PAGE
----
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AutoFile Plus

Tue Jul 17, 2007 - 10:09 AM EDT - By Andre Kibbe


AutoFile is nothing if not thorough, so the casual motorist will definitely want to test drive the trial version to determine if it isn’t overkill. This is an app targeted toward the true road warrior. For salespersons, regional managers, or anyone whose total commuting involves a company car as well as a personal car (or anyone with more than one car), AutoFile is a very practical tool. A profile for each vehicle can be created and tracked separately.

WakefieldSoft makes AutoFile available in four formats: a standalone version, and three versions involving the desktop client. AutoFile Lite is a lower-cost, handheld-only release. WakefieldSoft describes it as “intended for Mac users,” but anyone lacking a Windows environment to run the desktop component should use this version. Some Windows users may even prefer running AutoFile strictly from the handheld, especially if there’s no need to submit expense reports to an organization.

AutoFile Plus is sold as a desktop-only version for Windows, and as bundled versions: one comprised of the Palm OS handheld and Windows desktop components, the other comprised of Windows Mobile and Windows desktop components. For this review, I tested the Palm OS version of AutoFile Plus, though I’ll refer to the app henceforth as AutoFile.

Configuration and Navigation

Profiles are set up and managed from the main screen, comprised of four large Topic buttons—Fuel, Service, Trips and Memo—and two smaller configuration buttons—Master Lists and Preferences. Pressing the Menu key on the Treo reveals Edit and Help menus, but I found navigating them with the D-pad rather buggy. The On Screen Keyboard menu option could not be selected, even with the stylus. Fortunately, the Edit functions are superfluous on the main screen, and the Help options did work when the stylus was used.

You set up a new profile by tapping the Master List button, which evokes a list of the various lists of items that AutoFile can track. For starters, tap the Vehicle List, followed by the New button to add a new vehicle profile. Since I only have a single car, and created a fictitious company car for contrast (I get to have the Prius I wanted after all!), I categorized the profiles simply as “Personal Car” and “Company Car.” With more vehicles, it may have been more sensible to construct the list classifying by model name instead.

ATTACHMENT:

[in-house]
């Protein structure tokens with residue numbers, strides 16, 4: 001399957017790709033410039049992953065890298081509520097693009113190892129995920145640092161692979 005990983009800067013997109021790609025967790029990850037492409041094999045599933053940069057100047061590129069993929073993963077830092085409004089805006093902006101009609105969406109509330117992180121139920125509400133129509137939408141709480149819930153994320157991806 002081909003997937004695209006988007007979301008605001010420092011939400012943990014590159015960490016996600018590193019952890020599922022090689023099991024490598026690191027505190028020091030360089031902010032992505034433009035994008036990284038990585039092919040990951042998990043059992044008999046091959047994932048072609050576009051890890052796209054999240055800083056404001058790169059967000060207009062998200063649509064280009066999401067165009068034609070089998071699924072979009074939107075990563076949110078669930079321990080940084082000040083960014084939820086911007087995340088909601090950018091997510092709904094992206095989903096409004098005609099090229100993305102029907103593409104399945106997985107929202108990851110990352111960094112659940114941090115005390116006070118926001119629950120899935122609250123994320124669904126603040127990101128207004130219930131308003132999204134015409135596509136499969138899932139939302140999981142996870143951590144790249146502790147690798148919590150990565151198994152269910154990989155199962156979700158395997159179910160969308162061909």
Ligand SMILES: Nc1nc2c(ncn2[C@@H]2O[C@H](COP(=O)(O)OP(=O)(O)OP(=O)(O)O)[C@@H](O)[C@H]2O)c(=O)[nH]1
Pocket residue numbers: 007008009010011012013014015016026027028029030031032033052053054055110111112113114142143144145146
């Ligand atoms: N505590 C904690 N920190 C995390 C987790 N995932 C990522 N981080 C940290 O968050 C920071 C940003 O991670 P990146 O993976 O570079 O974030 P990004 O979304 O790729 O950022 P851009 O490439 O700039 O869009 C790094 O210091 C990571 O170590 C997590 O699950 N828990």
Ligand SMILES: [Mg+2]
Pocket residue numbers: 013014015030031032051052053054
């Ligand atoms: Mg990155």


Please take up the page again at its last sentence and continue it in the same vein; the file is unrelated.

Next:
Most of the lists are fairly small, but Default Services is huge. With 20 different services listed, it’s virtually impossible to think of a service for which you’ll need to record or schedule reminders that’s missing here. Moreover, the reminders are populated with very sensible default values specific to the service selected, saving you the trouble of getting, or having to decide the recommended maintenance times yourself. Oil changes are 3,000-mile/3-month intervals, alignments are set at 12,000 miles, and coolant replacement is every 60,000 miles, etc. It’s not a bad idea to scan the entire list periodically just to see that you haven’t overlooked some aspect of maintenance in need of attention. Some of the items are:

  • Air Filter – Replace
  • Alignment
  • Oil – Change
  • Registration or Tag
  • Spark Plugs – Replace
  • Tires – Replace
  • Tires – Rotate
  • Transmission Fluid – Change

Tap on any of these items to see its details. Typically these detail screens include an option to schedule a reminder by a mileage interval and another reminder by time interval, or you can select both items to trigger the reminder by whichever interval comes first. Another option is to repeat reminders from either that last actual servicing or from a rote schedule.